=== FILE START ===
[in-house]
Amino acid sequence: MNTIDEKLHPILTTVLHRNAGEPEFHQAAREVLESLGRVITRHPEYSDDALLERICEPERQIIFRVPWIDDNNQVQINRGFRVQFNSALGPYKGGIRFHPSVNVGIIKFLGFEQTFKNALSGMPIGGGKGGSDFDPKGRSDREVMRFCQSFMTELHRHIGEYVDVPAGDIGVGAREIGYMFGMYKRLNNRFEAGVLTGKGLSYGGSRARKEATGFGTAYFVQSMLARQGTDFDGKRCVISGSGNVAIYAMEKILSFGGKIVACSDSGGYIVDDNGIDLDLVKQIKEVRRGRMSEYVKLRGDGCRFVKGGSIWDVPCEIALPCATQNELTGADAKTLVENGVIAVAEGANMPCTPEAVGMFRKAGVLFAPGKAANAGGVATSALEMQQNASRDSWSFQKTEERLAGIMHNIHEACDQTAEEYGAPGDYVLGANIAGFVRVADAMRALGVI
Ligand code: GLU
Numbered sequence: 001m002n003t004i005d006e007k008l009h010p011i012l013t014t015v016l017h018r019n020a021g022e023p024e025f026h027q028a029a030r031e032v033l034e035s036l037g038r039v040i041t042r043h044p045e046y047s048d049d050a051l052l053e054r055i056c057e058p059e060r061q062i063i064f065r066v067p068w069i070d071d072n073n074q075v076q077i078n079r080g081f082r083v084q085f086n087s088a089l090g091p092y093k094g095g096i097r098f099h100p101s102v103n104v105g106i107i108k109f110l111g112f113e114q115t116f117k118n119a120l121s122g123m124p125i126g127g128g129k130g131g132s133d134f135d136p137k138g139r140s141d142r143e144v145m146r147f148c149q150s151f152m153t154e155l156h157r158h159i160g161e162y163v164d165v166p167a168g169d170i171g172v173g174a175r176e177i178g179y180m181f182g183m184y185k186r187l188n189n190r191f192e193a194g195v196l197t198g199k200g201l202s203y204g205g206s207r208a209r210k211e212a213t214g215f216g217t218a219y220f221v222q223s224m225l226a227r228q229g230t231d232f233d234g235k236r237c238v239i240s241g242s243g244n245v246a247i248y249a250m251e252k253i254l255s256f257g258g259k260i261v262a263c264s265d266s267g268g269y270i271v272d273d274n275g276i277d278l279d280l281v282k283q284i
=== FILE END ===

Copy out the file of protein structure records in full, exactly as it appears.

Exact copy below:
[in-house]
Amino acid sequence: MNTIDEKLHPILTTVLHRNAGEPEFHQAAREVLESLGRVITRHPEYSDDALLERICEPERQIIFRVPWIDDNNQVQINRGFRVQFNSALGPYKGGIRFHPSVNVGIIKFLGFEQTFKNALSGMPIGGGKGGSDFDPKGRSDREVMRFCQSFMTELHRHIGEYVDVPAGDIGVGAREIGYMFGMYKRLNNRFEAGVLTGKGLSYGGSRARKEATGFGTAYFVQSMLARQGTDFDGKRCVISGSGNVAIYAMEKILSFGGKIVACSDSGGYIVDDNGIDLDLVKQIKEVRRGRMSEYVKLRGDGCRFVKGGSIWDVPCEIALPCATQNELTGADAKTLVENGVIAVAEGANMPCTPEAVGMFRKAGVLFAPGKAANAGGVATSALEMQQNASRDSWSFQKTEERLAGIMHNIHEACDQTAEEYGAPGDYVLGANIAGFVRVADAMRALGVI
Ligand code: GLU
Numbered sequence: 001m002n003t004i005d006e007k008l009h010p011i012l013t014t015v016l017h018r019n020a021g022e023p024e025f026h027q028a029a030r031e032v033l034e035s036l037g038r039v040i041t042r043h044p045e046y047s048d049d050a051l052l053e054r055i056c057e058p059e060r061q062i063i064f065r066v067p068w069i070d071d072n073n074q075v076q077i078n079r080g081f082r083v084q085f086n087s088a089l090g091p092y093k094g095g096i097r098f099h100p101s102v103n104v105g106i107i108k109f110l111g112f113e114q115t116f117k118n119a120l121s122g123m124p125i126g127g128g129k130g131g132s133d134f135d136p137k138g139r140s141d142r143e144v145m146r147f148c149q150s151f152m153t154e155l156h157r158h159i160g161e162y163v164d165v166p167a168g169d170i171g172v173g174a175r176e177i178g179y180m181f182g183m184y185k186r187l188n189n190r191f192e193a194g195v196l197t198g199k200g201l202s203y204g205g206s207r208a209r210k211e212a213t214g215f216g217t218a219y220f221v222q223s224m225l226a227r228q229g230t231d232f233d234g235k236r237c238v239i240s241g242s243g244n245v246a247i248y249a250m251e252k253i254l255s256f257g258g259k260i261v262a263c264s265d266s267g268g269y270i271v272d273d274n275g276i277d278l279d280l281v282k283q284i